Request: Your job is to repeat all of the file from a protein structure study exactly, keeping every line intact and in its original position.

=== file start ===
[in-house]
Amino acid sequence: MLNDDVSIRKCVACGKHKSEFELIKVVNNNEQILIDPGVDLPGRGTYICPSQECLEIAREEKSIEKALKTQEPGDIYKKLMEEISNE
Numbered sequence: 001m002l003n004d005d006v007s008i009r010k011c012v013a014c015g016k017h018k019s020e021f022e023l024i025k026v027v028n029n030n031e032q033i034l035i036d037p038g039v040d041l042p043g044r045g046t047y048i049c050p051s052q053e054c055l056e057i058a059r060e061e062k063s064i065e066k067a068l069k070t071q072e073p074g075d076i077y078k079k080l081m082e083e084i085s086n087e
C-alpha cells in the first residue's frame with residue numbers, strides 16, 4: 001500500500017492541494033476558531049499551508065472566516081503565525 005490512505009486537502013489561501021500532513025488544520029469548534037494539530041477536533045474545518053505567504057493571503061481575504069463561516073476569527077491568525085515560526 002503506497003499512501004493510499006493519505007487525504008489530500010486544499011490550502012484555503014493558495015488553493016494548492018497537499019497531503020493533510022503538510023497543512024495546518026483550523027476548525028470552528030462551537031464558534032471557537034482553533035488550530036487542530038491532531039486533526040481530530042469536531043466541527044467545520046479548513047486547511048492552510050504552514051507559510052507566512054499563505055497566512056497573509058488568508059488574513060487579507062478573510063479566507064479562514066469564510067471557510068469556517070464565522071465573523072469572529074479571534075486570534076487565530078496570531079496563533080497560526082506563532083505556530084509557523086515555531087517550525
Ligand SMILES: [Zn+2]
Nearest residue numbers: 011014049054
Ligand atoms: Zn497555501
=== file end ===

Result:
[in-house]
Amino acid sequence: MLNDDVSIRKCVACGKHKSEFELIKVVNNNEQILIDPGVDLPGRGTYICPSQECLEIAREEKSIEKALKTQEPGDIYKKLMEEISNE
Numbered sequence: 001m002l003n004d005d006v007s008i009r010k011c012v013a014c015g016k017h018k019s020e021f022e023l024i025k026v027v028n029n030n031e032q033i034l035i036d037p038g039v040d041l042p043g044r045g046t047y048i049c050p051s052q053e054c055l056e057i058a059r060e061e062k063s064i065e066k067a068l069k070t071q072e073p074g075d076i077y078k079k080l081m082e083e084i085s086n087e
C-alpha cells in the first residue's frame with residue numbers, strides 16, 4: 001500500500017492541494033476558531049499551508065472566516081503565525 005490512505009486537502013489561501021500532513025488544520029469548534037494539530041477536533045474545518053505567504057493571503061481575504069463561516073476569527077491568525085515560526 002503506497003499512501004493510499006493519505007487525504008489530500010486544499011490550502012484555503014493558495015488553493016494548492018497537499019497531503020493533510022503538510023497543512024495546518026483550523027476548525028470552528030462551537031464558534032471557537034482553533035488550530036487542530038491532531039486533526040481530530042469536531043466541527044467545520046479548513047486547511048492552510050504552514051507559510052507566512054499563505055497566512056497573509058488568508059488574513060487579507062478573510063479566507064479562514066469564510067471557510068469556517070464565522071465573523072469572529074479571534075486570534076487565530078496570531079496563533080497560526082506563532083505556530084509557523086515555531087517550525
Ligand SMILES: [Zn+2]
Nearest residue numbers: 011014049054
Ligand atoms: Zn497555501